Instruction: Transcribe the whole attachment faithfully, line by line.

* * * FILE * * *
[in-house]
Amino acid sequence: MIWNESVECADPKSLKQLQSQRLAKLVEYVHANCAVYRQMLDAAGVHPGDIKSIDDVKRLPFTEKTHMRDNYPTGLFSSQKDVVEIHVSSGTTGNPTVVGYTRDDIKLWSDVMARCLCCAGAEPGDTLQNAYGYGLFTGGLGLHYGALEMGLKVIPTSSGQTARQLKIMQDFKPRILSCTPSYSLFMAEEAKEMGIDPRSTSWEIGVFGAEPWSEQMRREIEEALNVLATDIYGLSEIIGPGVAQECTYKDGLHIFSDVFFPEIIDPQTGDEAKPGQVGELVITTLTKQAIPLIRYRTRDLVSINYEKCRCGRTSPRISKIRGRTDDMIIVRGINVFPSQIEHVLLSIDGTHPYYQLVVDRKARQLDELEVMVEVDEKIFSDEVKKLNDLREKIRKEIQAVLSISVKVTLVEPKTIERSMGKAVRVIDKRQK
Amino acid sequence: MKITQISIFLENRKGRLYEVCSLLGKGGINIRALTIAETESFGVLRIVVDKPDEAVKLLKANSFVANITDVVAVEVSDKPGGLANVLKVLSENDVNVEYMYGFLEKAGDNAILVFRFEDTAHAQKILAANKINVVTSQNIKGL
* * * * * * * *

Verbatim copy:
[in-house]
Amino acid sequence: MIWNESVECADPKSLKQLQSQRLAKLVEYVHANCAVYRQMLDAAGVHPGDIKSIDDVKRLPFTEKTHMRDNYPTGLFSSQKDVVEIHVSSGTTGNPTVVGYTRDDIKLWSDVMARCLCCAGAEPGDTLQNAYGYGLFTGGLGLHYGALEMGLKVIPTSSGQTARQLKIMQDFKPRILSCTPSYSLFMAEEAKEMGIDPRSTSWEIGVFGAEPWSEQMRREIEEALNVLATDIYGLSEIIGPGVAQECTYKDGLHIFSDVFFPEIIDPQTGDEAKPGQVGELVITTLTKQAIPLIRYRTRDLVSINYEKCRCGRTSPRISKIRGRTDDMIIVRGINVFPSQIEHVLLSIDGTHPYYQLVVDRKARQLDELEVMVEVDEKIFSDEVKKLNDLREKIRKEIQAVLSISVKVTLVEPKTIERSMGKAVRVIDKRQK
Amino acid sequence: MKITQISIFLENRKGRLYEVCSLLGKGGINIRALTIAETESFGVLRIVVDKPDEAVKLLKANSFVANITDVVAVEVSDKPGGLANVLKVLSENDVNVEYMYGFLEKAGDNAILVFRFEDTAHAQKILAANKINVVTSQNIKGL